RIP Lonesome George

Weekly Science Picks

Ah, the weekend! Time to kick back, relax, and look back over everything that’s happened over the past few days. And I’m rather happy to say that some quite interesting things have happened, including the Leonid meteor shower which peaked on Friday night (though if you step outside after dark and watch the sky, you may still see a few stragglers). So what else has caught my eye this week, science-wise?

Well first off, the Curiosity Rover has been busy over on the planet next door. I can’t help but find everything about the Curiosity rover exciting, especially as it’s paving the way for actual manned exploration to another planet. As many people will agree, no matter how sophisticated a rover can be, it will never be as good as a team of properly equipped geologists exploring a site in person. As it turns out, this idea just came a step closer to being reality…

Astronauts Could Survive Mars Radiation, Curiosity Rover Finds

The findings demonstrate that Mars’ atmosphere, though just 1 percent as thick as that of Earth, does provide a significant amount of shielding from dangerous, fast-moving cosmic particles.

 

Some people may recall the death of an aged tortoise nicknamed Lonesome George, so called because he was thought to be the last surviving member of his species. I know I do, and was rather saddened by it. While it may be an inescapable part of the way life on our planet works, there’s something quite humbling about being forced to simply watch a species go extinct and not be able to do anything about it. But then, was George’s death really the end of the story? As it happens, perhaps not…

DNA tests show Lonesome George may not have been last of his species

“These giant tortoises are of crucial importance to the ecosystems of the Galapagos Islands, and the reintroduction of these species will help preserve their evolutionary legacy,” said Danielle Edwards, postdoctoral research associate at Yale and lead author on the study.

 

Lisa Grossman at New Scientist discusses the phenomenon of rogue planets – planets roaming interstellar space after being forcibly ejected from their home systems. It’s a concept which I’ve thought about in great detail in the past, as have many others, including astrophysicists, astrobiologists, and science fiction authors.

Astrophile: Lonely planet roams with stellar outcasts

The wanderers are no longer gravitationally linked, but they are headed in the same direction. “Like when you kick a clod of sand, the grains don’t stick together anymore but they have the same common motion,” Delorme says.

 

In chemistry, I’ve always held a certain fascination with noble gas compounds. Molecules formed from atoms which aren’t supposed to react and form molecules always seemed rather exotic and curious. Several of these compounds have been predicted involving Xenon, one of the heaviest noble gasses. And there may be a lot of Xenon trapped inside the Earth this way…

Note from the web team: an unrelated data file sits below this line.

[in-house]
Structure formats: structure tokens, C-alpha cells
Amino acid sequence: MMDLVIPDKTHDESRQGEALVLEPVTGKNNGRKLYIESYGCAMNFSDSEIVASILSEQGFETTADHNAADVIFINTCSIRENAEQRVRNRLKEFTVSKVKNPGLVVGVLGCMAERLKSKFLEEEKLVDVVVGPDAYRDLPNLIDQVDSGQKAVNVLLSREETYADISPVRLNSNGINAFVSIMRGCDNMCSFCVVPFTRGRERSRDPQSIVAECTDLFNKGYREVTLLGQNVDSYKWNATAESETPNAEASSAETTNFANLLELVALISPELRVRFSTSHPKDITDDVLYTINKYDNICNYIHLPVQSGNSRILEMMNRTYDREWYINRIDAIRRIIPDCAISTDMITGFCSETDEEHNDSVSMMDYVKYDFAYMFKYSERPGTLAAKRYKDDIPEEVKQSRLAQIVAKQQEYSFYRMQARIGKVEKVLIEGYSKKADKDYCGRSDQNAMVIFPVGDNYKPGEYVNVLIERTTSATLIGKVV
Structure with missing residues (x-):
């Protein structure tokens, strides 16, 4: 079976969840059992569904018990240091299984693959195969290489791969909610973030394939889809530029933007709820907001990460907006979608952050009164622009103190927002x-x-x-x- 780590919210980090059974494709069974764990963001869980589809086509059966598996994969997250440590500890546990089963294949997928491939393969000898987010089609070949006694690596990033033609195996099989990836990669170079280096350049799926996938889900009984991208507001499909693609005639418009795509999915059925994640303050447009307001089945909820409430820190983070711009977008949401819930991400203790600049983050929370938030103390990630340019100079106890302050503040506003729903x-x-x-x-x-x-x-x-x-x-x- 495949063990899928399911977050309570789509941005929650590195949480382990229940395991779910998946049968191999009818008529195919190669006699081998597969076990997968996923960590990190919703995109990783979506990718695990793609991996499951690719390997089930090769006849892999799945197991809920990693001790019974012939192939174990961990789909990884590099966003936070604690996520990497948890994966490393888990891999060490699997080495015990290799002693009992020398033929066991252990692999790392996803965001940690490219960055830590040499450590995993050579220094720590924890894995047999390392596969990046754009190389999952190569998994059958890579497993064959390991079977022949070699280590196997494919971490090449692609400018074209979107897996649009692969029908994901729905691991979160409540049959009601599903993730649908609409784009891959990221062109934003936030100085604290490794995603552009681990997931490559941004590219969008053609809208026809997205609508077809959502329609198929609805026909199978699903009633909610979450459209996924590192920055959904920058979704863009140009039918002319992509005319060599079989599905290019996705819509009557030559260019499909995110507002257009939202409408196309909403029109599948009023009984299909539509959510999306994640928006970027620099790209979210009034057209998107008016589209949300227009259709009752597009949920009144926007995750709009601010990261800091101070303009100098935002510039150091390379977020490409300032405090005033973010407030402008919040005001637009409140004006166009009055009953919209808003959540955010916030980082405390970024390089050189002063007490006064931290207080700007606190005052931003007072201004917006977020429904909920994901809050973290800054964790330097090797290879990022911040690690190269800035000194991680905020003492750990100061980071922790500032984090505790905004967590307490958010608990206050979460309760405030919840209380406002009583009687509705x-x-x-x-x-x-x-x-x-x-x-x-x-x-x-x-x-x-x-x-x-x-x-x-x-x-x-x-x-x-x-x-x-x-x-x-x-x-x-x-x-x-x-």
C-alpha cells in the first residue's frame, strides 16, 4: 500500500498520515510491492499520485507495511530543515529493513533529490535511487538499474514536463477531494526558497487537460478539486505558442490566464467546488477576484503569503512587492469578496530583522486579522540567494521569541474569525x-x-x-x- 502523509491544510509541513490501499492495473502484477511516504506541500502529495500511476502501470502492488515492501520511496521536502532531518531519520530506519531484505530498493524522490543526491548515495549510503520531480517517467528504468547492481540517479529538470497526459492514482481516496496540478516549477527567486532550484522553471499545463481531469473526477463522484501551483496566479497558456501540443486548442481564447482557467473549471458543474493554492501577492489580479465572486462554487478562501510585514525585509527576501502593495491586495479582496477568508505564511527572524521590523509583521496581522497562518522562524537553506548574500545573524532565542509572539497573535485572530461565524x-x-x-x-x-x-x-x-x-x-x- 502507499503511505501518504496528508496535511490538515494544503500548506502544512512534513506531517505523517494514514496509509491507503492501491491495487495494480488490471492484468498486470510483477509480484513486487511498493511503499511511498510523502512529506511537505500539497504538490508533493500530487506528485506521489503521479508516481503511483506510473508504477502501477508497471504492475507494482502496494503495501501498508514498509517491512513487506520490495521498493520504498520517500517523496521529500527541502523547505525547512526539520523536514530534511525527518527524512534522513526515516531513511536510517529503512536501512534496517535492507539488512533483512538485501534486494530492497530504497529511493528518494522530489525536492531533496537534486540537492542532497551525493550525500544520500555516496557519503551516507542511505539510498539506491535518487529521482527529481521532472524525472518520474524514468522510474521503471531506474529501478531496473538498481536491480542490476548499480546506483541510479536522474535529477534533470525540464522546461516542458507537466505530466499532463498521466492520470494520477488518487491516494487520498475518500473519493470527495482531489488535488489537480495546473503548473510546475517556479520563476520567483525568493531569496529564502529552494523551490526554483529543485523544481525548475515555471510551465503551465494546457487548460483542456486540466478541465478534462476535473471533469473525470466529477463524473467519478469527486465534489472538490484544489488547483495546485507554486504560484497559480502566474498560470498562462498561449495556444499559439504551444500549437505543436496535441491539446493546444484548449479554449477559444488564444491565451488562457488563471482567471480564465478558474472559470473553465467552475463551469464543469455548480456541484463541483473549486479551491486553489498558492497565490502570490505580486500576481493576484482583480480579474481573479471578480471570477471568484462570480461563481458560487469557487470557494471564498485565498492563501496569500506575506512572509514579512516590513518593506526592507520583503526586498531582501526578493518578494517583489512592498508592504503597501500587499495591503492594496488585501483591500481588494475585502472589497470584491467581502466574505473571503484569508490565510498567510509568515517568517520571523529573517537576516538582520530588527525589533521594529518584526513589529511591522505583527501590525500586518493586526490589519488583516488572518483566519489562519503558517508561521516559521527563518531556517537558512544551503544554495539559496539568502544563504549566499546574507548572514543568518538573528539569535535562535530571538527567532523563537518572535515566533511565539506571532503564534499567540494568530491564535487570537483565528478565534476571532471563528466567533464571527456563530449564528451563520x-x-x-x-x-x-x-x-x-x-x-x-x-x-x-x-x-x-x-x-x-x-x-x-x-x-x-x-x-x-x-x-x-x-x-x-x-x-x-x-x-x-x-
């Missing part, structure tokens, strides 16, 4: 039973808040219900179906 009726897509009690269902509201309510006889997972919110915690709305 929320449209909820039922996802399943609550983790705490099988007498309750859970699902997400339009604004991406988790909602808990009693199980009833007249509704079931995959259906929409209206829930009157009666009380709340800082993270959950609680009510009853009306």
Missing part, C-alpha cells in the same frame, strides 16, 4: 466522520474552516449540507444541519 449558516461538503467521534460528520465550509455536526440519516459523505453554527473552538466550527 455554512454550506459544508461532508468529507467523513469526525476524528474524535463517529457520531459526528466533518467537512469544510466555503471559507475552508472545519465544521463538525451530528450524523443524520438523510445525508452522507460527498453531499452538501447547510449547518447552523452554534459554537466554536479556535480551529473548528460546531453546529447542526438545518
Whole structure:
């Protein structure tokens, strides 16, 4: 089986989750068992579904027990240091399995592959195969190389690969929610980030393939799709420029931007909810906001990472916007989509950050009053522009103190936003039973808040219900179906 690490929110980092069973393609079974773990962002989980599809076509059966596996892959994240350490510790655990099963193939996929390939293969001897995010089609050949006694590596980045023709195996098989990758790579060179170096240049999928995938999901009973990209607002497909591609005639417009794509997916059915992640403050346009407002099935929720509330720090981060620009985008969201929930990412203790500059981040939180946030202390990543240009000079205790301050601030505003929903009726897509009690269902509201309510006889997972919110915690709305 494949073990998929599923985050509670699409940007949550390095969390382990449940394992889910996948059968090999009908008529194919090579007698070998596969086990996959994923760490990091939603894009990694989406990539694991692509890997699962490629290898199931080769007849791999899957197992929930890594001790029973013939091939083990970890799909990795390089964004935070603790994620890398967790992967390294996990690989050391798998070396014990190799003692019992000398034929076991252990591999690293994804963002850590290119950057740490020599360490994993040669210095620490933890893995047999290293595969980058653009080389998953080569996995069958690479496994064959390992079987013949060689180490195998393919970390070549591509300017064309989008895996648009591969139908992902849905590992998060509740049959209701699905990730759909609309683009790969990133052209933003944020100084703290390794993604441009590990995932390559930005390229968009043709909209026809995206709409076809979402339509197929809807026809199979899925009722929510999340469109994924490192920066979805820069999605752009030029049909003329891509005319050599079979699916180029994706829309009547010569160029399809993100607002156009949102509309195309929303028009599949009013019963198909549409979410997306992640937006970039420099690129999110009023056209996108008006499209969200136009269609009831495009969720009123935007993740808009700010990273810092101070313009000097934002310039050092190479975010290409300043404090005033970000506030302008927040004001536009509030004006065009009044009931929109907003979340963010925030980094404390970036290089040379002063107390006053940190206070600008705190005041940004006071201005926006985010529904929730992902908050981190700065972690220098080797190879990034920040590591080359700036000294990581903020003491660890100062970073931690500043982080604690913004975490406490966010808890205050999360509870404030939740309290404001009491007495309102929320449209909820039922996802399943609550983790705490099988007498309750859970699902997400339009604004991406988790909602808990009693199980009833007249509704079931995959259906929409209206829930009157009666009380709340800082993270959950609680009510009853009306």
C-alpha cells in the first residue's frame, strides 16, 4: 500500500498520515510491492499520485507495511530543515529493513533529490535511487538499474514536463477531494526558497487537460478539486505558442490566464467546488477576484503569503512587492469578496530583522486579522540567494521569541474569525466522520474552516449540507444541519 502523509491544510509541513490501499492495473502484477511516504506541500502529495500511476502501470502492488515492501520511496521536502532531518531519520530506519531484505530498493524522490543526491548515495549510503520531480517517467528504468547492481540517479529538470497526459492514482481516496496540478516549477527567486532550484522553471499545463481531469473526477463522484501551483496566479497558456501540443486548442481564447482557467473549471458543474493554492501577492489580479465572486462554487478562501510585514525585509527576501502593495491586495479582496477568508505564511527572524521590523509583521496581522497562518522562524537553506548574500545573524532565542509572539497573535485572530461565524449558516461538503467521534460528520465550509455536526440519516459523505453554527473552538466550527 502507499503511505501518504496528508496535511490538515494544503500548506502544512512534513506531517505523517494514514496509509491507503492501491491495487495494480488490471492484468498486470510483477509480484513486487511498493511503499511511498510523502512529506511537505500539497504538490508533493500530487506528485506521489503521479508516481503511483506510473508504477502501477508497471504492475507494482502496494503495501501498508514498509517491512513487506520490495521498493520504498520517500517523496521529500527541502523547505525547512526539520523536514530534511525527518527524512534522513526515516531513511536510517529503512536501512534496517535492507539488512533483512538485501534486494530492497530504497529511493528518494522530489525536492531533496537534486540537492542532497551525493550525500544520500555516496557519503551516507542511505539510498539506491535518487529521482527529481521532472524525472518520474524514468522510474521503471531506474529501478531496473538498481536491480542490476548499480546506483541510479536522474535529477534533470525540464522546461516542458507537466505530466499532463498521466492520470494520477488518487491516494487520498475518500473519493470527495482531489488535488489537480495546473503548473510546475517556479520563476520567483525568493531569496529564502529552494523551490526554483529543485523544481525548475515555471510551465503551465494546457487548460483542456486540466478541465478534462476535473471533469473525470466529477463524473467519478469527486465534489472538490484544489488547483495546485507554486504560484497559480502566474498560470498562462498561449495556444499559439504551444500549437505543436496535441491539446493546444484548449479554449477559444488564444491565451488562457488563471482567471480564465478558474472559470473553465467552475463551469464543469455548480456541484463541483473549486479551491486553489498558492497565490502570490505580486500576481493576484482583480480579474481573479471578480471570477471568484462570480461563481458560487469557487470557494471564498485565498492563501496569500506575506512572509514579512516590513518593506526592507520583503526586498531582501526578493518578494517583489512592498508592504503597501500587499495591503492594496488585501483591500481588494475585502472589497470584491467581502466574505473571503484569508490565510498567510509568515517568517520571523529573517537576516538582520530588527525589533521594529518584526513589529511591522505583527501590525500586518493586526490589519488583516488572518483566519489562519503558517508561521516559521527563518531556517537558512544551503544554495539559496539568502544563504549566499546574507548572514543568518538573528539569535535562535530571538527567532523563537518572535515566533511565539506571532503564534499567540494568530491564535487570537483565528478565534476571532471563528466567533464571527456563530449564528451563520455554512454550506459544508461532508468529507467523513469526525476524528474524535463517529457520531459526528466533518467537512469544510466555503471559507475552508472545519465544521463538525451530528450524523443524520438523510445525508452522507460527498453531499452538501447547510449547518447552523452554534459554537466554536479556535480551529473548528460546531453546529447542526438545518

Professor predicts stable compounds of oxygen and ‘inert’ gas xenon

“In addition to providing a likely solution to the missing xenon paradox and clarifying essential aspects of xenon chemistry, our study may result in practical applications,” says [Artem R.] Oganov. “For example, the ability of xenon to form strong chemical bonds with oxygen and other elements, and to be trapped in crystalline defects, suggests their use as non-classical luminescence centers and active sites for catalysis”.

 

And to end on a humourous note, XKCD wrote a comic this week describing the Apollo Spacecraft and Saturn V rockets using only the 1000 most commonly used words in the English language. The result was slightly hilarious and rather enlightening about how often writers like myself use words which aren’t in that top 1000. A testament to XKCD’s popularity is how many people in the online space and astronomy communities mentioned it – including at least one astronaut!

xkcd: Up Goer Five

Lots of fire comes out here. This end should point toward the ground if you want to go into space. If it starts pointing toward space you are having a bad problem and you will not go into space today.

 

Hope you’re having a good weekend!

 


Markus

AUTHOR: Markus Hammonds

Markus Hammonds is a research fellow at the University of Tokyo who spends his life looking at very small things on very large scales, and trying to better understand the chemistry of interstellar space. He also writes for several science blogs, and is an advocate of the idea that science can and should be for everyone. When not busy being sciencey, he can often be found playing a ukulele, drinking mojitos or staring at the sky. Markus can be contacted via his personal blog at supernovacondensate.net or on twitter as @InvaderXan
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